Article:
The next morning, February 7, 2018, Plaintiff's mother contacted Defendant Kerry Brungardt (the Principal of Lansing Middle School) and Defendant Brooks Jenkins (the Assistant Principal of Lansing Middle School) via email to describe the incident and alert them to her concerns. Defendant Brungardt's responsive email pointed out that Student suffered injuries and stated that he was withholding a decision on discipline. Later that day, Defendant Brungardt suspended Plaintiff from riding the bus that afternoon.

         That same day, Plaintiff's parents met with Defendants Brungardt and Jenkins to discuss the incident. Defendants Brungardt and Jenkins, in describing the incident as they interpreted it from the video recording made by the bus, suggested Student was only “hugging” Plaintiff before the “mutual fight” broke out. Defendants Brungardt and Jenkins acknowledged that “the school and its personnel were aware that [Student] had a known history of bad behavior at school” and questioned Plaintiff as to why he did not alert a second teacher or provide a more graphic description of Student's conduct to Ms. Templeton before getting on the bus.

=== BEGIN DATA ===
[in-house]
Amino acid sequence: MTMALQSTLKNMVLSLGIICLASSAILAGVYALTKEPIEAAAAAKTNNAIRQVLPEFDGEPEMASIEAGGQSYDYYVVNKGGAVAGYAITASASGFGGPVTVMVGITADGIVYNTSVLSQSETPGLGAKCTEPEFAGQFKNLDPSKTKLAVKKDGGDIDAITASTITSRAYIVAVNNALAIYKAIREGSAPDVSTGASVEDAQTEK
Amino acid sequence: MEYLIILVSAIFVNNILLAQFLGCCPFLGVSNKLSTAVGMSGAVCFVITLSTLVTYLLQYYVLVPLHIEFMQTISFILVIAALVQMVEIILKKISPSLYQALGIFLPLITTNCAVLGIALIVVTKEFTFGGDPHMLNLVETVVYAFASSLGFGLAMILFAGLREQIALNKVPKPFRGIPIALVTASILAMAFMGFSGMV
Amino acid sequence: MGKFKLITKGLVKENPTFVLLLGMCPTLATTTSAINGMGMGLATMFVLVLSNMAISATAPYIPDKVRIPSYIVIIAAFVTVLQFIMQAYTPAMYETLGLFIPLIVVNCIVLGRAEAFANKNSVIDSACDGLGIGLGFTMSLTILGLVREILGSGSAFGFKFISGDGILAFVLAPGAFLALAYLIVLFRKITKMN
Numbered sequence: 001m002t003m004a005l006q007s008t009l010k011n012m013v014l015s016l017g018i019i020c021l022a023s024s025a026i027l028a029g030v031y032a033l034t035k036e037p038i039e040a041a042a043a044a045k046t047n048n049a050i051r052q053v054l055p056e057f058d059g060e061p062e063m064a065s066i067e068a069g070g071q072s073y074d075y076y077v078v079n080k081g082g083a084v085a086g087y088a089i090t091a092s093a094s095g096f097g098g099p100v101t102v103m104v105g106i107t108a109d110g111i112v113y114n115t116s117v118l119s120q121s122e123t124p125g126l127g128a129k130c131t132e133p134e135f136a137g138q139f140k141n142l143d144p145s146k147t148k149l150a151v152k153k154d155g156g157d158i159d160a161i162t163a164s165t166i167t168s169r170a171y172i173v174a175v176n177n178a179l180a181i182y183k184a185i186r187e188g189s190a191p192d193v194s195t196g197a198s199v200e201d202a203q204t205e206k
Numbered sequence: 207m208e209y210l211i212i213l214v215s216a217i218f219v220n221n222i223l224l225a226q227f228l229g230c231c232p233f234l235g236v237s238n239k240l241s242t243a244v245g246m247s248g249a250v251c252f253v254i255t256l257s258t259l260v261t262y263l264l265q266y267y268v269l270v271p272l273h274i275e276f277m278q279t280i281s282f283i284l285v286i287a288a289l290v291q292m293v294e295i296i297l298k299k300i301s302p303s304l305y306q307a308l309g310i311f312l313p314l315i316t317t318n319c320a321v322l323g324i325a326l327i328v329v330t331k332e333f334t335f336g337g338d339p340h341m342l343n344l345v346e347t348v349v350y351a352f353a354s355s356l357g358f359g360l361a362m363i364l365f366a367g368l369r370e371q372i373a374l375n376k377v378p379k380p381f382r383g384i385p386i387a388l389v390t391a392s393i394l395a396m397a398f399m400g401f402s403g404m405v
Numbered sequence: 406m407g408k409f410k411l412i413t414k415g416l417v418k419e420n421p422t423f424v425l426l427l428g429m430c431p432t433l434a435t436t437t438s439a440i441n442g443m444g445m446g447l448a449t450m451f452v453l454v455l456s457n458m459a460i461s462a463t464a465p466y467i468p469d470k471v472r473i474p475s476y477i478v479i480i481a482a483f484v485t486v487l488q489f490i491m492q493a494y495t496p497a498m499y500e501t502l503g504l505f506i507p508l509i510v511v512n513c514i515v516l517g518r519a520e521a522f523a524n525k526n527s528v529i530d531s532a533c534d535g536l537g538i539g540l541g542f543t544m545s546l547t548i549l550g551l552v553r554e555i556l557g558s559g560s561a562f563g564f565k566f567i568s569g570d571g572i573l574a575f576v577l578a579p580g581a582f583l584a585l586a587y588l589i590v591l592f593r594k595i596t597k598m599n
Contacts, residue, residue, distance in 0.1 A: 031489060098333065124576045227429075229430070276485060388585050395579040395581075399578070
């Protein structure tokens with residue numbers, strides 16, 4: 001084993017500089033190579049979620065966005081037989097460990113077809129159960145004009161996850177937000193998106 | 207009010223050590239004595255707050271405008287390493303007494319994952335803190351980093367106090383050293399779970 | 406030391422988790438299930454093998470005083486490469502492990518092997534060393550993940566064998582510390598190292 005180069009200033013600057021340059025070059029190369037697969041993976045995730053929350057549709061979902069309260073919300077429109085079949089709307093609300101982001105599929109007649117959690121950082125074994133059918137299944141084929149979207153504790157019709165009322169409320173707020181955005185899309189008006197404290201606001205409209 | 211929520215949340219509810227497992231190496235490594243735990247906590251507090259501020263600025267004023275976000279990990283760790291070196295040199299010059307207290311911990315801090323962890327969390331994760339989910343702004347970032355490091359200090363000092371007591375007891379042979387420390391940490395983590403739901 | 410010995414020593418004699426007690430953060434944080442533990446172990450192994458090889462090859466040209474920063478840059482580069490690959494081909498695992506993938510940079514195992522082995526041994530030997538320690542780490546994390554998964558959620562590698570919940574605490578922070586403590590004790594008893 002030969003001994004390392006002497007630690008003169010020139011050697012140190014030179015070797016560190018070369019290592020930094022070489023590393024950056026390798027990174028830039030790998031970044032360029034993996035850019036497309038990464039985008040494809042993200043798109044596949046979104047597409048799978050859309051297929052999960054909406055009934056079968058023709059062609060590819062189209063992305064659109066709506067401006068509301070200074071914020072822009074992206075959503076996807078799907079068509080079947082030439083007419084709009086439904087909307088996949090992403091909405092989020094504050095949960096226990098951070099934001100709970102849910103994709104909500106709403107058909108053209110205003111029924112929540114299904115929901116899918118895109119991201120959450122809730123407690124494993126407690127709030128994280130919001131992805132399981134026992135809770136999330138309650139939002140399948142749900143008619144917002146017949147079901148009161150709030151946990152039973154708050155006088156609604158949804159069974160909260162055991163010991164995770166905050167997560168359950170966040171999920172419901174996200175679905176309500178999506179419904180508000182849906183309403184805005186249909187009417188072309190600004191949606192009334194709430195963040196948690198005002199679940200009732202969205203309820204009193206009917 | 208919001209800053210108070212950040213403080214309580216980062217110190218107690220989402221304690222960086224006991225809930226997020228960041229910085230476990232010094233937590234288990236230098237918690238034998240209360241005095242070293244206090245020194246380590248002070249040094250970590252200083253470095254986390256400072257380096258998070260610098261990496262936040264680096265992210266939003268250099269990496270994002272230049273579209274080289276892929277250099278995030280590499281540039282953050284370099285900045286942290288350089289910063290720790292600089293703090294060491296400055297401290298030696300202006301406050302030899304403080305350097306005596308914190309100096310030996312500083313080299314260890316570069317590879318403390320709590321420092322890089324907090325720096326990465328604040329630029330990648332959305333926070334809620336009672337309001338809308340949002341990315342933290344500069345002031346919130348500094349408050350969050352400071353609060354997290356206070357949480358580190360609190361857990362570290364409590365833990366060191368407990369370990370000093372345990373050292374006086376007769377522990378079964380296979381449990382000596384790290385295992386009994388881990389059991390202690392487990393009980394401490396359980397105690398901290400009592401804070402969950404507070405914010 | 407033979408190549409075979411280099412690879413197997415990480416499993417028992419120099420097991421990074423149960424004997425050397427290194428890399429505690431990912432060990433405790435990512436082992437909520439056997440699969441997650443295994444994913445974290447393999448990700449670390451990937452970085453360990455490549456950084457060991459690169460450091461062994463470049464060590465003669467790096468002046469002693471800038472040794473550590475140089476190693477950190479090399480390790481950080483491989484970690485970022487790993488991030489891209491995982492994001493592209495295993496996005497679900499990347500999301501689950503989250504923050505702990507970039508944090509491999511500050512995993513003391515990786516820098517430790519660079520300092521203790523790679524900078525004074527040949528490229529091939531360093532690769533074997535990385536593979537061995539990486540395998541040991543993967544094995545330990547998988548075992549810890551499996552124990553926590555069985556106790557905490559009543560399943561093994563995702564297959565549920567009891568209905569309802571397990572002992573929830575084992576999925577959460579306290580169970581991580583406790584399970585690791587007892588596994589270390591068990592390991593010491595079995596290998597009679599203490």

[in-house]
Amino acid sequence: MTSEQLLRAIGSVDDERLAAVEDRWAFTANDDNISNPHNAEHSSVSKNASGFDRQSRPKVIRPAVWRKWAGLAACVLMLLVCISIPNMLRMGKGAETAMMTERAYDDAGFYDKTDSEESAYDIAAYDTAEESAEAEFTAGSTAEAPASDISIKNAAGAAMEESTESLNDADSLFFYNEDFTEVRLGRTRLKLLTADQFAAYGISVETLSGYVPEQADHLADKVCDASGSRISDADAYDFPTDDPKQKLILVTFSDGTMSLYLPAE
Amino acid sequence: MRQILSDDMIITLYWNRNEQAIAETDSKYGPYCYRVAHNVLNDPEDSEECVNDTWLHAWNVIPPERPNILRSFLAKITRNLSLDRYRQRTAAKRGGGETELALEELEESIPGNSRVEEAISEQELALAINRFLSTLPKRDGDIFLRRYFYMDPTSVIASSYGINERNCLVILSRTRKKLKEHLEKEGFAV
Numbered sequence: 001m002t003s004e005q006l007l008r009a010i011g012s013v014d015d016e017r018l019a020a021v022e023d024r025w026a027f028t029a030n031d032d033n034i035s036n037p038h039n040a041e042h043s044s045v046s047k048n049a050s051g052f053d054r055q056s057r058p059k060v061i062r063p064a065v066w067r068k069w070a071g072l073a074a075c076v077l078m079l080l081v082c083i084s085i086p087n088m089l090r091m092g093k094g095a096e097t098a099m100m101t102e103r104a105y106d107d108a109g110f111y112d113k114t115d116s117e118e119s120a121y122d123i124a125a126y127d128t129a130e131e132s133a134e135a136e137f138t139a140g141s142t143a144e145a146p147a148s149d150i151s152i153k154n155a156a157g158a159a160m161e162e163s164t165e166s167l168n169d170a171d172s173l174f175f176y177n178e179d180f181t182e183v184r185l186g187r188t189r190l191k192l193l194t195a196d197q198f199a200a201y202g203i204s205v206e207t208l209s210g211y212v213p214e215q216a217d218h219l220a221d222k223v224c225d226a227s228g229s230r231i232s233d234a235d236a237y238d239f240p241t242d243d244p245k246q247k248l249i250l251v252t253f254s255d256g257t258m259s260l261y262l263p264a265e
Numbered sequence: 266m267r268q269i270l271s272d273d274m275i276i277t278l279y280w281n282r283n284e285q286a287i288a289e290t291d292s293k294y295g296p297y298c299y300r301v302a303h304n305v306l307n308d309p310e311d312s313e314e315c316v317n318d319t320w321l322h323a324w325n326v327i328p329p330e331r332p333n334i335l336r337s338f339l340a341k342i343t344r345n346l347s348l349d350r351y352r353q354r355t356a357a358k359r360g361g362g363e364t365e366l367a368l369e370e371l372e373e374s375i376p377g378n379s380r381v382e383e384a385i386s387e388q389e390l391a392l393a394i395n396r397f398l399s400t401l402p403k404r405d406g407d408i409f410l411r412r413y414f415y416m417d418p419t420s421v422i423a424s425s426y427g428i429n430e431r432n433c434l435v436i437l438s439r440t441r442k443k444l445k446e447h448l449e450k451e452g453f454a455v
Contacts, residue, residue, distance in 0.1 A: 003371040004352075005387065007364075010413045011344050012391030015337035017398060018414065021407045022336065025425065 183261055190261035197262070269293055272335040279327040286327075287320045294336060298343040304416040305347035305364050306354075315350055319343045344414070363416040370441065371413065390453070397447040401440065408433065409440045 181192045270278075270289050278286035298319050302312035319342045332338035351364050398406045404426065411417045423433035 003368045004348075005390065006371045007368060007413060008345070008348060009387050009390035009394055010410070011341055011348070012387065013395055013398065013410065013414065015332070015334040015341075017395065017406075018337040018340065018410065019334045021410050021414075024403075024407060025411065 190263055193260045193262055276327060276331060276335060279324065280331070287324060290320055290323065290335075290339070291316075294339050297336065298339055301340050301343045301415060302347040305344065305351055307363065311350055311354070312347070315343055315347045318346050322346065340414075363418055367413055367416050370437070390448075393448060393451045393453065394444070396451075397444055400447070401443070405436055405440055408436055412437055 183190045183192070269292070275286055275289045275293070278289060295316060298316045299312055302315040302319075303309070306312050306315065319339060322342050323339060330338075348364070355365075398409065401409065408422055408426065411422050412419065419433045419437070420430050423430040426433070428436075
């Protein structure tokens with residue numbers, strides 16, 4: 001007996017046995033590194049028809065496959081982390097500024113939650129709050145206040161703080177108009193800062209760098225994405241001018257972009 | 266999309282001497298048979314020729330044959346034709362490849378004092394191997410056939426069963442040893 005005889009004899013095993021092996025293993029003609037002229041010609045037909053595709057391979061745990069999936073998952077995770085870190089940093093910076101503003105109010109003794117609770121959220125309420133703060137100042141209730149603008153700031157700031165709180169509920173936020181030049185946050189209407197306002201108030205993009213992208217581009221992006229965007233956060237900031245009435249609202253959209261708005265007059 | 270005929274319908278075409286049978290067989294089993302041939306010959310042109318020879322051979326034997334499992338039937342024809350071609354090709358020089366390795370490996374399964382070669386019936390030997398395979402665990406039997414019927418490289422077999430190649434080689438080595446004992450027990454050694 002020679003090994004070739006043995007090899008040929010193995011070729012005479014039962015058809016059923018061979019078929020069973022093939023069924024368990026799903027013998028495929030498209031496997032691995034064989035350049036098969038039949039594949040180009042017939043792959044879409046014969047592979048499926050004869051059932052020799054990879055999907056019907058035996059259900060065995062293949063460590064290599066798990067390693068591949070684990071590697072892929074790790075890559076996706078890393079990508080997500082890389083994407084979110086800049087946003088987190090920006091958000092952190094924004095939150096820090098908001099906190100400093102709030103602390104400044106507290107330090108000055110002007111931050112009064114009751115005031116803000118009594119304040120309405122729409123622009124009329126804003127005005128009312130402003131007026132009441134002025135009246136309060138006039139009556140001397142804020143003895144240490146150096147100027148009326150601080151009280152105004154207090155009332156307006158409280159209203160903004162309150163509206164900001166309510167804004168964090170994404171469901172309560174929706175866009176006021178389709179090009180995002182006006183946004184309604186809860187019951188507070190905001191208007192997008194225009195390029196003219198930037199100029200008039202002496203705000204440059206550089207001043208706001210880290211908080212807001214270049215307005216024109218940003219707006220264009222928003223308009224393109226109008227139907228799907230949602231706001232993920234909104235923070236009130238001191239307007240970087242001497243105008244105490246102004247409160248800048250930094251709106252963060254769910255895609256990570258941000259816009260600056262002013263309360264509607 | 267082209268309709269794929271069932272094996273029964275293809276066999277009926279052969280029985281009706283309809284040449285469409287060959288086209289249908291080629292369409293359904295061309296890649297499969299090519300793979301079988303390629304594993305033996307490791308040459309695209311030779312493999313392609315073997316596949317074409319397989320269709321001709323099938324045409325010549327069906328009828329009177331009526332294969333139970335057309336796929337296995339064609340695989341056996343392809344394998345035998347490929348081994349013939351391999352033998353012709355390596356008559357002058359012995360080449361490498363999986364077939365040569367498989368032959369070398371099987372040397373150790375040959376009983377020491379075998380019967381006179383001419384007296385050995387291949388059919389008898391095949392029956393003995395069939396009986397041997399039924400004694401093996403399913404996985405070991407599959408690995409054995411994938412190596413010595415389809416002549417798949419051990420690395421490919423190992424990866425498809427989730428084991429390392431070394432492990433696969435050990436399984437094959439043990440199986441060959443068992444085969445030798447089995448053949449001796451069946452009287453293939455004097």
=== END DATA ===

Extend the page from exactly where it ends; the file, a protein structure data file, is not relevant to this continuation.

Two days later, on February 9, 2018, Plaintiff's mother asked to view the bus video. On February 12, 2018, Plaintiff's parents viewed the video with Defendants Brungardt and Jenkins. After viewing the video together, Defendants Brungardt and Jenkins acknowledged that Student was the aggressor.

         The next day, February 13, 2018, Defendant Brungardt noted that Plaintiff was not in his appropriate seat on the bus on the date of the incident and suspended Plaintiff from the bus again. School officials also questioned Plaintiff on various topics including: (1) what he could have done to prevent the February 6, 2018 incident, (2) why he was so quick to fight Student, (3) whether Student was simply being annoying and not hitting him that hard, (4) why Plaintiff was not in his assigned seat, and (5) whether the incident was just an accident. Plaintiff does not know if Student faced any consequences for the events on February 6, 2018, and no further action has been taken regarding this incident.